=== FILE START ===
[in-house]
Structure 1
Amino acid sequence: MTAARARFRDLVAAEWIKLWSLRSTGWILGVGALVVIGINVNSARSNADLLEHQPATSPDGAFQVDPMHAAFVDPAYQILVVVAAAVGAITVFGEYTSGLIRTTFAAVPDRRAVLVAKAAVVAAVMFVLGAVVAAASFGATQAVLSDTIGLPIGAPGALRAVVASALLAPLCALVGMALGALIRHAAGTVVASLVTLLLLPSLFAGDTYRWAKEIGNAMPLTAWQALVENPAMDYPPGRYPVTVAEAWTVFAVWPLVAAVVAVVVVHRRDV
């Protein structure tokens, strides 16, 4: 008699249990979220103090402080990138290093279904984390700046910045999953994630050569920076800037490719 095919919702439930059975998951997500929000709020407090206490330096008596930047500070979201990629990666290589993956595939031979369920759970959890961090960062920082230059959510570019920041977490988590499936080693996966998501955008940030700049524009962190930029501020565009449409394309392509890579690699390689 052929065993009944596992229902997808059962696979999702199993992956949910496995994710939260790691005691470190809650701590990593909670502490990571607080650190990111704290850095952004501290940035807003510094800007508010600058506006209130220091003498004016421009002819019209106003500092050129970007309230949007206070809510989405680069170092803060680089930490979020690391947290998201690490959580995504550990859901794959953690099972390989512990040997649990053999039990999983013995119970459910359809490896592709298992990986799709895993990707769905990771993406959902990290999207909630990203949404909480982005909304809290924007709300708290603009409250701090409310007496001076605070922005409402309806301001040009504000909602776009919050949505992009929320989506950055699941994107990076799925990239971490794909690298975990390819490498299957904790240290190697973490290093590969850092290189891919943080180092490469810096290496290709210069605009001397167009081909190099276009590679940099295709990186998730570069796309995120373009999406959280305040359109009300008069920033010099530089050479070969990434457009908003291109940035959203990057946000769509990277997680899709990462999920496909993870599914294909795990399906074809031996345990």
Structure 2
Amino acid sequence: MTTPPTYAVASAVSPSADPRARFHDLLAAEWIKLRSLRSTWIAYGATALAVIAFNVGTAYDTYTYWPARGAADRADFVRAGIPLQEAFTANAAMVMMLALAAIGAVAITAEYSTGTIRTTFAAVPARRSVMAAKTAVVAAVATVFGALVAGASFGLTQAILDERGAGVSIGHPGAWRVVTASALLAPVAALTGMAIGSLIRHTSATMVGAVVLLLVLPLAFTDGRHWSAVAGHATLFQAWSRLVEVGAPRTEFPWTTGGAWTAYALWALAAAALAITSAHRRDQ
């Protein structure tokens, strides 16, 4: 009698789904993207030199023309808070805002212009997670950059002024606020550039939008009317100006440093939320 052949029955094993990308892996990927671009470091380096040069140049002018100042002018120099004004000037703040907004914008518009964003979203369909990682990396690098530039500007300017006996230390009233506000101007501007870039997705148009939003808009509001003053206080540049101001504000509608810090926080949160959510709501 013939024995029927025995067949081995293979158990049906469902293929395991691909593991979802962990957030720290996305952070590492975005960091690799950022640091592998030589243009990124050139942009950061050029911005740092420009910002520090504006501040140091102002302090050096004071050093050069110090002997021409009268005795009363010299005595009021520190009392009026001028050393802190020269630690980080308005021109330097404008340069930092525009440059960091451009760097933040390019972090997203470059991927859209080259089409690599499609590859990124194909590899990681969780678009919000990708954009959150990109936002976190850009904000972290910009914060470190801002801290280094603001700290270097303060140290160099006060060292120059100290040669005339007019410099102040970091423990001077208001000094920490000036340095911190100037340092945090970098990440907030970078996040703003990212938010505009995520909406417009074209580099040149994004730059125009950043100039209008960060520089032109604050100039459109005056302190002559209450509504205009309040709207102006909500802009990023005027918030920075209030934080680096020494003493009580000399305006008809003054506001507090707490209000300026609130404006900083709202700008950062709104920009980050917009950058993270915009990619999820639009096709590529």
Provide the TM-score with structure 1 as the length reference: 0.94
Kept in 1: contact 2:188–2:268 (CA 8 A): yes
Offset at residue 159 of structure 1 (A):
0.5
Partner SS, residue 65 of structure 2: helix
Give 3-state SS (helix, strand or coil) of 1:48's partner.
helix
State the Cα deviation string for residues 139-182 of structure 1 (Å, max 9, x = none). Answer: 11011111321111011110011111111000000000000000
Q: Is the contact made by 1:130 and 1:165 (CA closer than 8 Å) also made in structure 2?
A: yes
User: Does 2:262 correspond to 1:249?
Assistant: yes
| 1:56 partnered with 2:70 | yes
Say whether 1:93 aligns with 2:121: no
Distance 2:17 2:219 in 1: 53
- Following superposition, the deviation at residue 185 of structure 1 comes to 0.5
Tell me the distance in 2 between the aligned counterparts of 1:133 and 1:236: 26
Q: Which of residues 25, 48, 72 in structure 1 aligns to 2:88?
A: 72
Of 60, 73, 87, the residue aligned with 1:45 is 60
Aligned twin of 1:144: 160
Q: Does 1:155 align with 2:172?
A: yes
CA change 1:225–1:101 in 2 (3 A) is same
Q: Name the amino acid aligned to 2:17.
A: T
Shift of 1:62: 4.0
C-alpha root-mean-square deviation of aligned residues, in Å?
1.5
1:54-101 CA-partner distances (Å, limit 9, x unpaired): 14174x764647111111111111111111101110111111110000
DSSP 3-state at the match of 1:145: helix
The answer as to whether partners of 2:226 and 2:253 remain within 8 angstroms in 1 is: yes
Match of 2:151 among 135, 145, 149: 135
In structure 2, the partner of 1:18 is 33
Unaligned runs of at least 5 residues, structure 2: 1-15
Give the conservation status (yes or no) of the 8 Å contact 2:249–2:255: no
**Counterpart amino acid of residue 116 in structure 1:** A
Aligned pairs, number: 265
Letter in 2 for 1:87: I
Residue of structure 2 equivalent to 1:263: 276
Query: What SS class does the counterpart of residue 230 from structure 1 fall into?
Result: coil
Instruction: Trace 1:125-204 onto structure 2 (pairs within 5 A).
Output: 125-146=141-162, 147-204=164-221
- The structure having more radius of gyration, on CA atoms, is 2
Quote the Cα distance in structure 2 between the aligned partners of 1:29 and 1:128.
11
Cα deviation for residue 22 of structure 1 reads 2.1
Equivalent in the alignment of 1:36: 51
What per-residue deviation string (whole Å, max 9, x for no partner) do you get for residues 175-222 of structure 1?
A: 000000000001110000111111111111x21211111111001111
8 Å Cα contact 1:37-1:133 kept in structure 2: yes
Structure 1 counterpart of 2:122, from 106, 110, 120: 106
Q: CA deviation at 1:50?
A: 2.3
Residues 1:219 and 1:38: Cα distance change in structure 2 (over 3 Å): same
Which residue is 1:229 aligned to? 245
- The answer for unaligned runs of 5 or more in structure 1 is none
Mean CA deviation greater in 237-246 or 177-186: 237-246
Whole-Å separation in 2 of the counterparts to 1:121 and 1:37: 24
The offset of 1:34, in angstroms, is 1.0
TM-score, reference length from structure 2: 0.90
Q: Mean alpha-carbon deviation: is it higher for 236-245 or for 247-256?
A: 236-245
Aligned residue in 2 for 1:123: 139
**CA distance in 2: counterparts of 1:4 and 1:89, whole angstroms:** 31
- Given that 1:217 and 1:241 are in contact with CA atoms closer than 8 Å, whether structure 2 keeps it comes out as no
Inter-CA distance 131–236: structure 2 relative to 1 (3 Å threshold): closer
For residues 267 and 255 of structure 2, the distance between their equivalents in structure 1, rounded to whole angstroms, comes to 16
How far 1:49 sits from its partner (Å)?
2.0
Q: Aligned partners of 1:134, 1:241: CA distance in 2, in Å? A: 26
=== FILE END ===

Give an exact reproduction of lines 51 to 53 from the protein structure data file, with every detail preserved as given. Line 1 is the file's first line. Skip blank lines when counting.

Output: 125-146=141-162, 147-204=164-221
- The structure having more radius of gyration, on CA atoms, is 2
Quote the Cα distance in structure 2 between the aligned partners of 1:29 and 1:128.